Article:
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Franciscan Influences on Saint Ignatius of Loyola
St. Ignatius of Loyola’s devotion to St. Peter is fairly well known, but few know that at the time of his conversion, St. Francis of Assisi was for him the most familiar of saints, as Franciscan experiences had marked his boyhood in Azpeitia (1491-1507), the youthful years spent at the court of Germaine de Foix in Arévalo (1507-16), and those lived in service with the Duke of Nájera, viceroy of Navarre (1517-21).

Let us begin with Azpeitia. It was during Ignatius’ childhood, between 1496 and 1507, that Peter de Hoz, an Observant Franciscan from the convent of Bermeo (Biscay), came to the town of Loyola to receive as regular tertiaries of Saint Francis two ladies of the town, the elder of whom, Doña Maria de Emparan y Loyola, was Ignatius’ cousin. In the history of Guipúzcoa this fact is of some importance because the Franciscan convent of the Immaculate Conception, built in Azpeitia by Ignatius’ cousin, was – after the Augustinian convent in San Sebastian – the first convent of nuns in the whole province of Guipúzcoa.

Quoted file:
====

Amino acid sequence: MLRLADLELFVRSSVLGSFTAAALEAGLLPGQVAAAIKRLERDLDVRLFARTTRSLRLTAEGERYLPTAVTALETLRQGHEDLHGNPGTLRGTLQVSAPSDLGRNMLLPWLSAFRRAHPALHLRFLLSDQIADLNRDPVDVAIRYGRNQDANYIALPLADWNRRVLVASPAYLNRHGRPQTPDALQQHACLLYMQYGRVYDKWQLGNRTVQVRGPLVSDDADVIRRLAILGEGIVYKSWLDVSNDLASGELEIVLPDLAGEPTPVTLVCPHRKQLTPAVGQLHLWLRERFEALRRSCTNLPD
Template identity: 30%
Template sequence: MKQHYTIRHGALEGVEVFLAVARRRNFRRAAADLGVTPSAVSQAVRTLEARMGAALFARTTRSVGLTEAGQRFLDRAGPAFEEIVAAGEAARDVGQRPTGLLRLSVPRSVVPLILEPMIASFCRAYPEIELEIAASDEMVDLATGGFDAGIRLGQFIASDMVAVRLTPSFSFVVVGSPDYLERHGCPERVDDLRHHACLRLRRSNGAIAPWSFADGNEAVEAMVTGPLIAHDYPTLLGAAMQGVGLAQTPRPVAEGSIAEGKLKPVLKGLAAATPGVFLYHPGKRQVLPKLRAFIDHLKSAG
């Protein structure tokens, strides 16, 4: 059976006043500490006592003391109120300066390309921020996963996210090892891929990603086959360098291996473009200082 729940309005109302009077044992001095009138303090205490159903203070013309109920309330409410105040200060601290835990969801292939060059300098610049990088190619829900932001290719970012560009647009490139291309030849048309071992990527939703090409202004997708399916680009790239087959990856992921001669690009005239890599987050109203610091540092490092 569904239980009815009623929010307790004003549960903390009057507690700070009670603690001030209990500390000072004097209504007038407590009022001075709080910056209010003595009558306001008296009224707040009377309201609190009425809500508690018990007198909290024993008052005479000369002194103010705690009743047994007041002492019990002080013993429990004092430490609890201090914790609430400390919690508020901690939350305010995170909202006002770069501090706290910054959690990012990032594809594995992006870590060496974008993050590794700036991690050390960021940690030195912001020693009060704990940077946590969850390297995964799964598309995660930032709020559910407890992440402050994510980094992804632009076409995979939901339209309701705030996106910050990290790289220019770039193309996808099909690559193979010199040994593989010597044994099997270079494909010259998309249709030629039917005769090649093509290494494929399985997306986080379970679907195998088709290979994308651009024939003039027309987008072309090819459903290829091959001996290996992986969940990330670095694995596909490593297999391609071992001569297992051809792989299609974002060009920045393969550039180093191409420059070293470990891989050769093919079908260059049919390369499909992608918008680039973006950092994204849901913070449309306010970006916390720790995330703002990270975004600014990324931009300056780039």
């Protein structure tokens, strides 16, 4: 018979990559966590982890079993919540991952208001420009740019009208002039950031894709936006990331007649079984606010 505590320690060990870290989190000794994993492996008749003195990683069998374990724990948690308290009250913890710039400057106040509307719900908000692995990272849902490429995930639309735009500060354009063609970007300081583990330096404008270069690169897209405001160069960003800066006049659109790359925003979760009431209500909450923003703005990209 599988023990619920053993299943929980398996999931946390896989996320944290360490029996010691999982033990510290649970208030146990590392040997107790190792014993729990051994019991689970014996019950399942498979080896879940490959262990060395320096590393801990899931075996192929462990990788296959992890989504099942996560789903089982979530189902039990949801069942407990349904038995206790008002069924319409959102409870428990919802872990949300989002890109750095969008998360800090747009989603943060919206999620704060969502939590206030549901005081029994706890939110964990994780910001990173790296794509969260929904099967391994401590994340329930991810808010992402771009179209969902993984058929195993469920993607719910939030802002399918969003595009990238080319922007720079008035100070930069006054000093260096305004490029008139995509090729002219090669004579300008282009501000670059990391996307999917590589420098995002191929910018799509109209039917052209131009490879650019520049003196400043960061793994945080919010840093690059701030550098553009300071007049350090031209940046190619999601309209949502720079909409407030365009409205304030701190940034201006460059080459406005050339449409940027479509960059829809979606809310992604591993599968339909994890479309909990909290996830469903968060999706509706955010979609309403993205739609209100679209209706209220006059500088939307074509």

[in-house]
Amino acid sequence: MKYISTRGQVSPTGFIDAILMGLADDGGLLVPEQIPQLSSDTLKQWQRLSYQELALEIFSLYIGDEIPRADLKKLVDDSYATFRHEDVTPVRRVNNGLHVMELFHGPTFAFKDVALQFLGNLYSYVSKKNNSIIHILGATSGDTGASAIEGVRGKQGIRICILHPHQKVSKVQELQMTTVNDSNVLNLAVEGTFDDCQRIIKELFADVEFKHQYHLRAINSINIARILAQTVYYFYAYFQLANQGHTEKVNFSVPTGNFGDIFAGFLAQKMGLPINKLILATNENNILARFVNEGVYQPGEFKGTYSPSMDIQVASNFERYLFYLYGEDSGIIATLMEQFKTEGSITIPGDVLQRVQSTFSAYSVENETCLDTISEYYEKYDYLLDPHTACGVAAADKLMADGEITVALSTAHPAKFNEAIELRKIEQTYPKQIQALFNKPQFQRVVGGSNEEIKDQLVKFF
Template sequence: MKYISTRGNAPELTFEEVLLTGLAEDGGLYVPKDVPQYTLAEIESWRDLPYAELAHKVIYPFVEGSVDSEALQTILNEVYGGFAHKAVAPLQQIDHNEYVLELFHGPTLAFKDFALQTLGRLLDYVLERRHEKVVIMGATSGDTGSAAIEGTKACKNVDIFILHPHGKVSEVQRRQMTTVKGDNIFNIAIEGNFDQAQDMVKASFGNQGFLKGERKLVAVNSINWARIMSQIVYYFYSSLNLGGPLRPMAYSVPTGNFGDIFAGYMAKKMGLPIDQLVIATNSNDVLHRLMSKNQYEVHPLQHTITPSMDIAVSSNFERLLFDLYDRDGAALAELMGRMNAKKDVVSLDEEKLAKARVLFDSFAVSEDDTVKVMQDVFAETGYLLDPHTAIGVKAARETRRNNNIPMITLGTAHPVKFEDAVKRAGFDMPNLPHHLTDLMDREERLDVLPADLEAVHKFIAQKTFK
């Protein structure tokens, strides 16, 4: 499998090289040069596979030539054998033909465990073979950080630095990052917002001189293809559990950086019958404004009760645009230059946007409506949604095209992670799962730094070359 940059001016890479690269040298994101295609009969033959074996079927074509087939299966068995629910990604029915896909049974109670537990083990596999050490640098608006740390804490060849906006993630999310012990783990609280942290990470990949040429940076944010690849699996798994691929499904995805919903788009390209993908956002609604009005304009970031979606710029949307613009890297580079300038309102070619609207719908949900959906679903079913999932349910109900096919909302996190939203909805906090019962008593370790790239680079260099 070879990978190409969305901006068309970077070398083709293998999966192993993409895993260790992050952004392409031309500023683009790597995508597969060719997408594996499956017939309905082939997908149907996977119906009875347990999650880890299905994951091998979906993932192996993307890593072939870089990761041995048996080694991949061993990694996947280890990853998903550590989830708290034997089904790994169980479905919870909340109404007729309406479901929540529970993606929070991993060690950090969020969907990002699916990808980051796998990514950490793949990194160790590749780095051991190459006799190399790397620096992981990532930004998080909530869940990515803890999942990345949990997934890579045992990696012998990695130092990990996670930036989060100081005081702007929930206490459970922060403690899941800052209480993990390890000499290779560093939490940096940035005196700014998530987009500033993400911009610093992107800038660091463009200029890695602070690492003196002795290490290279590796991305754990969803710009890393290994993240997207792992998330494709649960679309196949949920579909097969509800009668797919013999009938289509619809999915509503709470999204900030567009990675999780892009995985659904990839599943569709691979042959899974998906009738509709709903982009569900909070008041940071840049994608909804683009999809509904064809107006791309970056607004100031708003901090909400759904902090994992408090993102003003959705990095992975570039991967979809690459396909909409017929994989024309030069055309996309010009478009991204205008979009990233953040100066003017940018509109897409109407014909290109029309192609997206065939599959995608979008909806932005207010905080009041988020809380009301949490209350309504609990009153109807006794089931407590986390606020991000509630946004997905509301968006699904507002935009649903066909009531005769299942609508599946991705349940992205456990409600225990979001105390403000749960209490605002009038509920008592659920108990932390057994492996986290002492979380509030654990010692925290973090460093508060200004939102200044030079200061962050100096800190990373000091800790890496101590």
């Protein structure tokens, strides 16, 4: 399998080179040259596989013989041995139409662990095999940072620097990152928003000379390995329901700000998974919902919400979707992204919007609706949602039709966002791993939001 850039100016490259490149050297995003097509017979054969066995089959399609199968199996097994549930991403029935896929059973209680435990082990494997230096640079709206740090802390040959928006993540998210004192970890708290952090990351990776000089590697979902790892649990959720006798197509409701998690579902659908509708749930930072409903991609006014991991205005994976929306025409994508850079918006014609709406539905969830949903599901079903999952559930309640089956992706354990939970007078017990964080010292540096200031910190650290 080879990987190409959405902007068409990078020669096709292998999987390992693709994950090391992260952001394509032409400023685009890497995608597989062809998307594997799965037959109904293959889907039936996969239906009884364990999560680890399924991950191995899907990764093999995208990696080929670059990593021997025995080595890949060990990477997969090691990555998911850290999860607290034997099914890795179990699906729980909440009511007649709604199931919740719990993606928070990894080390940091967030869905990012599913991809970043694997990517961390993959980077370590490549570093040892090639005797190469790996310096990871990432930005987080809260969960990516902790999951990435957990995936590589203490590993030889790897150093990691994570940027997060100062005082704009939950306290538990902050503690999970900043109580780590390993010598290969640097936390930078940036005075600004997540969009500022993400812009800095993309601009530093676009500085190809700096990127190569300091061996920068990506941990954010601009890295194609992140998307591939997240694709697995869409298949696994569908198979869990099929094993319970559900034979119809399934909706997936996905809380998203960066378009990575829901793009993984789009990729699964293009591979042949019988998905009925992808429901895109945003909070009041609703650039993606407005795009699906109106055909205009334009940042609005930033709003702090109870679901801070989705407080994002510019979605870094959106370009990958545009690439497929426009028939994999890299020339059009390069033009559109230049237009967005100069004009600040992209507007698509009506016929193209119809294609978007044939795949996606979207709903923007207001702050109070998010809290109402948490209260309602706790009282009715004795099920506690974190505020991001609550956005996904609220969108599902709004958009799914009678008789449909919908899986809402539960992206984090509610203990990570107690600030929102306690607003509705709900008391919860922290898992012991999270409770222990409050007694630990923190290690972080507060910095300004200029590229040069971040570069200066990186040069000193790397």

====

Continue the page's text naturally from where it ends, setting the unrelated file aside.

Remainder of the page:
At the ceremony of the profession of Doña Maria, held in 1504 in the small church of San Pedro de Elormendi, attended by one of the most famous Basque Franciscans of the Cisnerian reform, friar Martin de Segura, were the gentlemen of Loyola, close relatives of Doña Maria, who were moreover patrons of the parish. Since Ignatius still lived with them in the tower-house, he undoubtedly heard panegyrics in honor of the Saint of Assisi and visited his Franciscan cousin.
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